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Trump Jilts Google in Copyright Dispute at Supreme Court

The Trump administration has urged the Supreme Court to stay out of a long-running copyright dispute between Google and Oracle Corp., dealing a considerable blow to Google’s efforts to avoid an $8 billion damages award.

At issue in the dispute, billed as the copyright fight of the decade, are software interfaces called API declarations, which are shorthand commands that facilitate prewritten, complex computer functions. Google used a trove of Oracle-owned Java API declarations when building its Android smartphone operating system.

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“[Google] copied 11,500 lines of computer code verbatim, as well as the complex structure and organization inherent in that code, in order to help its competing commercial product,” the Trump administration’s legal brief reads. “The record demonstrates, moreover, that [Google’s] unauthorized copying harmed the market for [Oracle’s] Java platform.”

Sun Microsystems originally developed the contested API declarations. Oracle acquired Sun in 2010. Shortly thereafter, Oracle sued Google in federal court for patent and copyright infringement, saying Google impermissibly copied the API declarations. Years of litigation followed.

Now before the Supreme Court, Google questions whether APIs are copyrightable in the first place. The federal Copyright Act provides that protection does not extend to “methods of operation.” In Google’s view, APIs are a method of operation because they help developers access prewritten, complex functions.

“The Java API declarations simply tell developers how to access the prewritten methods to perform tasks carried out by the implementing code,” Google’s petition reads. “In that respect, the declarations are analogous to a set of rules developers are trained to follow when writing programs in the Java language. If the rules were changed, the prewritten methods would not work. For that reason, the declarations are necessarily part of the method of operating the libraries of prewritten code.”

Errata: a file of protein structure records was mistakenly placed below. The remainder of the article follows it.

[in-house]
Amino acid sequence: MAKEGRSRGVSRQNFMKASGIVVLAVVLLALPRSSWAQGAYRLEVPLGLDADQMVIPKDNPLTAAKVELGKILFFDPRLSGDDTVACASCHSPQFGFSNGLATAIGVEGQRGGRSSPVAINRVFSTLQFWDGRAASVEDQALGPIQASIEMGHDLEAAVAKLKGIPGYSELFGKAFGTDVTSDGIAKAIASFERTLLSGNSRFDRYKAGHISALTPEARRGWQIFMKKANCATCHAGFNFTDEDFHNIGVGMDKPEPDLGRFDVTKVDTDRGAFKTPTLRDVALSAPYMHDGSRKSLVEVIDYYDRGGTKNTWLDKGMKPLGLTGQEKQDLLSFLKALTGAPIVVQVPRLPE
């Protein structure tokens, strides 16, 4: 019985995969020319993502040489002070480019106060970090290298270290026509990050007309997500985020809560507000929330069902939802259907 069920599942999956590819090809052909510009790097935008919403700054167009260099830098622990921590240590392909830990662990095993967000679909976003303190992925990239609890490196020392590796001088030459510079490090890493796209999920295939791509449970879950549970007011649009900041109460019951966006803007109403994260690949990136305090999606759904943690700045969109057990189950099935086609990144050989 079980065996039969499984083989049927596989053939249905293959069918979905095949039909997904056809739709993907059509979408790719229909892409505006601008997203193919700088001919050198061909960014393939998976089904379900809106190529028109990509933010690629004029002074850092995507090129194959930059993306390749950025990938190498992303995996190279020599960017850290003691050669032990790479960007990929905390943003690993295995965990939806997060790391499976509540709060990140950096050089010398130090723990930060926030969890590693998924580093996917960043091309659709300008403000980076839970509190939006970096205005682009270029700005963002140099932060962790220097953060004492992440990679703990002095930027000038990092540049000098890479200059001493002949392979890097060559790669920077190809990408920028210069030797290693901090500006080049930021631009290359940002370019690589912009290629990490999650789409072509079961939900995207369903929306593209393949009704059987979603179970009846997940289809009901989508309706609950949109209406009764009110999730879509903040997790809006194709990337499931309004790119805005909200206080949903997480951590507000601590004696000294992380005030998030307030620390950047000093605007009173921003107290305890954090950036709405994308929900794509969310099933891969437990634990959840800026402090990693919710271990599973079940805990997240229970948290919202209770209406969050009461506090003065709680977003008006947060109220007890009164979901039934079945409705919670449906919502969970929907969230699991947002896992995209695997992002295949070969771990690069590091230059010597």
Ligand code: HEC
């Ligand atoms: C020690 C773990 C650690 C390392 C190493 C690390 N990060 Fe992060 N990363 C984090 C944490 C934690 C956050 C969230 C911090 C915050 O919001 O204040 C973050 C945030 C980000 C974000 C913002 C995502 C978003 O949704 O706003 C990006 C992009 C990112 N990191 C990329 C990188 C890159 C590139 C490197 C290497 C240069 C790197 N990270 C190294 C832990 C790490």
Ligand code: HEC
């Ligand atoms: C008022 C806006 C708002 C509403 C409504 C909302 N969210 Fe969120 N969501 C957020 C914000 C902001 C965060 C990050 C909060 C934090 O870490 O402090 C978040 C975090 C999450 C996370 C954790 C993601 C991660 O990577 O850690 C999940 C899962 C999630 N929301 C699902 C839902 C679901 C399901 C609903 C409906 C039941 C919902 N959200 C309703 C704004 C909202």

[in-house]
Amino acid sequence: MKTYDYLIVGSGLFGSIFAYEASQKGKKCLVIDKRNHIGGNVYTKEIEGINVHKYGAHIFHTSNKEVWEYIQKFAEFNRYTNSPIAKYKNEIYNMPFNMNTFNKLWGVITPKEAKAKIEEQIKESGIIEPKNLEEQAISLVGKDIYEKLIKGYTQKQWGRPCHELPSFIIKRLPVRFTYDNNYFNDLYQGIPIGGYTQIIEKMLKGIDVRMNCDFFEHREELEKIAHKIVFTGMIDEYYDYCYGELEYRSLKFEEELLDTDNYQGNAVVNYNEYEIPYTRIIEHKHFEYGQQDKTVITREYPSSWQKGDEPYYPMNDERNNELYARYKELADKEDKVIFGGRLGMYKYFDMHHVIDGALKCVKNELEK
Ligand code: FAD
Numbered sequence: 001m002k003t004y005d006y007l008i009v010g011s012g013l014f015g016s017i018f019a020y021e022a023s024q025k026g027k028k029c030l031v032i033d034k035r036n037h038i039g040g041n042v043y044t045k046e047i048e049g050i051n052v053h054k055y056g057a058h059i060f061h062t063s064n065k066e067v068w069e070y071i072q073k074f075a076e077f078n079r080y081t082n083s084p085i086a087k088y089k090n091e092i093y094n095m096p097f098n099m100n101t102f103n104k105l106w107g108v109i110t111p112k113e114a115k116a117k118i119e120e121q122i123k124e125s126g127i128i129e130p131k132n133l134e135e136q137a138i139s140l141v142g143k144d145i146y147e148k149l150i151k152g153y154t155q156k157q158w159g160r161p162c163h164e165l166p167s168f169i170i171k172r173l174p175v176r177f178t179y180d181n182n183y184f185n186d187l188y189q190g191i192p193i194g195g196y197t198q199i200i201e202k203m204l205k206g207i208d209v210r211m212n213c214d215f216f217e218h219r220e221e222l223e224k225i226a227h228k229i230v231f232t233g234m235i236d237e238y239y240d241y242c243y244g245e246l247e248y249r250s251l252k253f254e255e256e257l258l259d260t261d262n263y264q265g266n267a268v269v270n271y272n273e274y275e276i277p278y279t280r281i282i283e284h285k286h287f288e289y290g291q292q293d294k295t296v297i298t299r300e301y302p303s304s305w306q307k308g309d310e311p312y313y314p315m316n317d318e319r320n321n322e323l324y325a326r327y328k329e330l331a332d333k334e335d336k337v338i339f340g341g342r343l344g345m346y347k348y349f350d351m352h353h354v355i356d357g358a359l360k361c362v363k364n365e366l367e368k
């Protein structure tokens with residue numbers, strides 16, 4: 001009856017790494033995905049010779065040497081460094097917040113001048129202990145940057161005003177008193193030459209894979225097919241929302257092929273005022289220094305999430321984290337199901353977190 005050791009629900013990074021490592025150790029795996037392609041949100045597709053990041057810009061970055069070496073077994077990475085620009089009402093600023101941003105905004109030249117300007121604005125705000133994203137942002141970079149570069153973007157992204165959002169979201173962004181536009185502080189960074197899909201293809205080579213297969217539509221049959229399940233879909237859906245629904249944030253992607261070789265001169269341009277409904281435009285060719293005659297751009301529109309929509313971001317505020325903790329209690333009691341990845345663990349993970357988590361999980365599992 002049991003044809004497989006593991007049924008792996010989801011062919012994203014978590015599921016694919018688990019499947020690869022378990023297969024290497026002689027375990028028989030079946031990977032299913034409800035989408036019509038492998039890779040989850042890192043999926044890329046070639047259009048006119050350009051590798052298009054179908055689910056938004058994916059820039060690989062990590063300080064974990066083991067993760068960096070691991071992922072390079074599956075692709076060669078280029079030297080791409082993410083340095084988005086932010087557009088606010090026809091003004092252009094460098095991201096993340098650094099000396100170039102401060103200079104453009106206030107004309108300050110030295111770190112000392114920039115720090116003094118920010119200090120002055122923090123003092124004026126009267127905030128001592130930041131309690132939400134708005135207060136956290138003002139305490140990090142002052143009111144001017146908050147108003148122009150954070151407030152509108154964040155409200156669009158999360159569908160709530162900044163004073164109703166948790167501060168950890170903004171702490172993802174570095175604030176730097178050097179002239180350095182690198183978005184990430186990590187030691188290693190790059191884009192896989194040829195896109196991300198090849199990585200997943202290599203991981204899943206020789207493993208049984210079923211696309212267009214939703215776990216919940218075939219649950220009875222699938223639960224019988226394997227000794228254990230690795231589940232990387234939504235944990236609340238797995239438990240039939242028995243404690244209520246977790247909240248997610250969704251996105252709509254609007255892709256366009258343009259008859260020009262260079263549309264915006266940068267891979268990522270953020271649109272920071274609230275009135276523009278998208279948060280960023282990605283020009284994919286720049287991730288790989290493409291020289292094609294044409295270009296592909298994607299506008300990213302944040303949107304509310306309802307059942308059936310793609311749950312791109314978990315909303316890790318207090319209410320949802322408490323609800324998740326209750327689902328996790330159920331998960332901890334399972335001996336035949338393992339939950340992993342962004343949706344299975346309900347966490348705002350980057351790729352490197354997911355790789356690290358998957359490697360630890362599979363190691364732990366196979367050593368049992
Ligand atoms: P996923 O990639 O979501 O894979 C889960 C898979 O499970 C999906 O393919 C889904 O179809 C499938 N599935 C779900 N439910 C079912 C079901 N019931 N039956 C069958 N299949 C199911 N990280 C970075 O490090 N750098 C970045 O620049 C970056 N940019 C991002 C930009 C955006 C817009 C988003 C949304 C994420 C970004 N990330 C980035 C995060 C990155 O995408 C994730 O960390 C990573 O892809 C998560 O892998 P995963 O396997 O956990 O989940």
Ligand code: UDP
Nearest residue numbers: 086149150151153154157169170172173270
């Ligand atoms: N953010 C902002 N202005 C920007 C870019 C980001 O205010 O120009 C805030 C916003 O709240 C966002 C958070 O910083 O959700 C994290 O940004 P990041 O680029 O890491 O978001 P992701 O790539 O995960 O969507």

The Trump administration disagreed, saying APIs do not count as a method of operation simply because they perform a function.

“Although there is a sense in which all computer code could be described as a method of operating a computer, the Copyright Act as a whole makes clear that computer programs can be protected by copyright, refuting any suggestion that the functional character of computer code suffices to bring it within [the Copyright Act],” the government’s brief reads.

The Supreme Court gives the federal government’s views great credence when, as here, the justices ask for its guidance about whether to take a case.

However, Google contends the federal appeals courts are split as to whether copyright protections reach software interfaces like APIs. The Supreme Court justices are much more likely to take a case featuring a question of law over which multiple courts disagree.

Google prevailed at the case’s first trial in 2012. A jury deadlocked over Oracle’s claims, prompting the judge to sign with Google. The U.S. Court of Appeals for the Federal Circuit, a specialized court for patent appeals, reversed that decision and ordered a new trial in 2014.

Google appealed the Federal Circuit’s ruling to the Supreme Court, but the justices turned the request down in 2015.

A second trial followed in 2016. A jury sided with Google, finding fair use protected its reliance on the API declarations. The Federal Circuit overturned that verdict, ruling Google had not engaged in fair use. It returned the case to a lower court for a trial on damages.

That decision is now pending before the Supreme Court. On April 29, the justices asked the Trump administration to weigh in on the petition.

The case is No. 18-956 Google v. Oracle America.

COLUMN BY

Kevin Daley

Kevin Daley is a legal affairs reporter for the Daily Caller News Foundation. Twitter: @kevindaleydc.

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Are Markets Ruining Video Games? Or is intellectual property the real culprit? by MATTHEW MCCAFFREY

Capitalism is ruining video games. So says game producer Lorne Lanning, creator of the Oddworld series, who recently sparked controversy by blasting economic developments in the gaming industry.